An abdominoplasty, also known as a tummy tuck, is a surgical procedure to remove excess skin and fatty tissue from the middle and lower abdomen and to tighten muscles of the abdominal wall. The severe laxity of the abdominal skin and muscles typically occur after significant weight loss or after bearing children.
It is important to understand that an abdominoplasty is not a surgical treatment for being overweight. Obese individuals who intend to lose weight should postpone all forms of body contouring surgery until they have been able to maintain their weight loss. If weight loss surgery is what you desire, please visit the section of “weight loss surgery” for more helpful information.
There are a variety of different techniques used by plastic surgeons for the abdominoplasty procedure. To achieve optimal results, an abdominoplasty can be combined with other forms of body-contouring surgery, including power assisted liposuction, or performed at the same time with other elective surgeries.
As with all surgeries, there are risks to each procedure, including but not limited to infection. Please consult with the surgeon to discuss all the risks versus benefits, and any alternative options for this procedure.
You may not have anything to eat or drink after midnight the evening prior to your surgery. It is important that you arrange for a responsible adult to take you to and from the surgery center. For your safety, a responsible adult should also be available to stay with you during your first night at home. If you take blood pressure medications, you may continue to take those meds with a small sip of water the morning of your surgery. Your surgeon will determine what other medications you may continue to take and which ones you will need to discontinue prior to your surgery.
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Tummy Tuck Before and After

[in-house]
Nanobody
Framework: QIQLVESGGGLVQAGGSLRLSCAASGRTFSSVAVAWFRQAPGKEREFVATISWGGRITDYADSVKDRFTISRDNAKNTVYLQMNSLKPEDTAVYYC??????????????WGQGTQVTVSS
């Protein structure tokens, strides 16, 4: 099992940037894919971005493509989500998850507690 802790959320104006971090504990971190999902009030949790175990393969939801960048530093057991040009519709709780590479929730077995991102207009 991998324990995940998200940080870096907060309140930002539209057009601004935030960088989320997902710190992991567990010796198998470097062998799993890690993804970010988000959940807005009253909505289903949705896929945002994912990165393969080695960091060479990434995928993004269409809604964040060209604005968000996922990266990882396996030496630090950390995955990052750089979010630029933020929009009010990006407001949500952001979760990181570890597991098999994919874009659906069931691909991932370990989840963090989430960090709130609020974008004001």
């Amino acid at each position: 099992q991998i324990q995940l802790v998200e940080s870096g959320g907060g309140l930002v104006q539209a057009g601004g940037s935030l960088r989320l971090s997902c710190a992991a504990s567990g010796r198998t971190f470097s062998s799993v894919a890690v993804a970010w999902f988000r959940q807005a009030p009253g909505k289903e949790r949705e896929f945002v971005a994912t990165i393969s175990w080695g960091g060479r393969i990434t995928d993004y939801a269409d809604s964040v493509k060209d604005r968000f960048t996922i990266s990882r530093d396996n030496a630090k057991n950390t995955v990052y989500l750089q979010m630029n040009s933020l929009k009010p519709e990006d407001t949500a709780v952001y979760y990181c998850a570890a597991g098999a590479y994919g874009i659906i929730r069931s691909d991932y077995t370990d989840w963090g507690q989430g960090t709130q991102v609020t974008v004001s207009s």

Immediately after the surgery, you will be transferred to the Post Anesthesia Care Unit where you will be monitored closely for approximately 1-2 hours. Pain medications and breathing treatments will be administered as needed. It is normal to feel a little nauseous after waking up from surgery. This is an effect of the anesthesia. Simply inform your nurse and he/she will treat your nausea with medications ordered by your anesthesia provider.
Once you arrive home, you may begin with light soup. If you are not nauseated, you may slowly advance your diet to thicker and heavier foods as you can tolerate. Be sure to drink plenty of fluids and keep yourself warm and well hydrated.
Begin taking your medications on your first day. Your surgeon will typically prescribe an antibiotic, a muscle relaxant, pain medications, and an anti-nausea medication. Take these medications as directed and do your best to not miss a dose.
For the abdominoplasty procedure, there are three very important things to remember:
1.The “Recliner” Position: When laying down in bed, you must always lay with your back elevated approximately 60 degrees and your knees fully bent. Use firm pillows to support your knees and back. Keep in mind that your surgeon has removed a great deal of skin and has tightened your abdominal walls. Laying flat will place tension on the sutures, causing pain, and may result in severe complications and an undesirable esthetic outcome. Therefore, when sleeping and resting, you must remain in the recliner position to avoid placing any tension on your incisions for the first week or two.
2.The Abdominal Binder: You will be sent home with an abdominal binder. This binder is made of elastic is NOT to be worn tight. Its purpose is to simply hold the dressings in place. Your surgeon will determine when and how tight the binder should be worn for contouring purposes during your first post-operative visit.
3.The Drains: You will be sent home with two Jackson Pratt Drains. The recovery room nurse will teach you and your family how to use these drains. The purpose of the drains is to remove any excess fluid in the spaces of your abdominal tissue, allowing the tissues to heal nicely together. Correct and proper use of the drain is very important during your recovery period at home.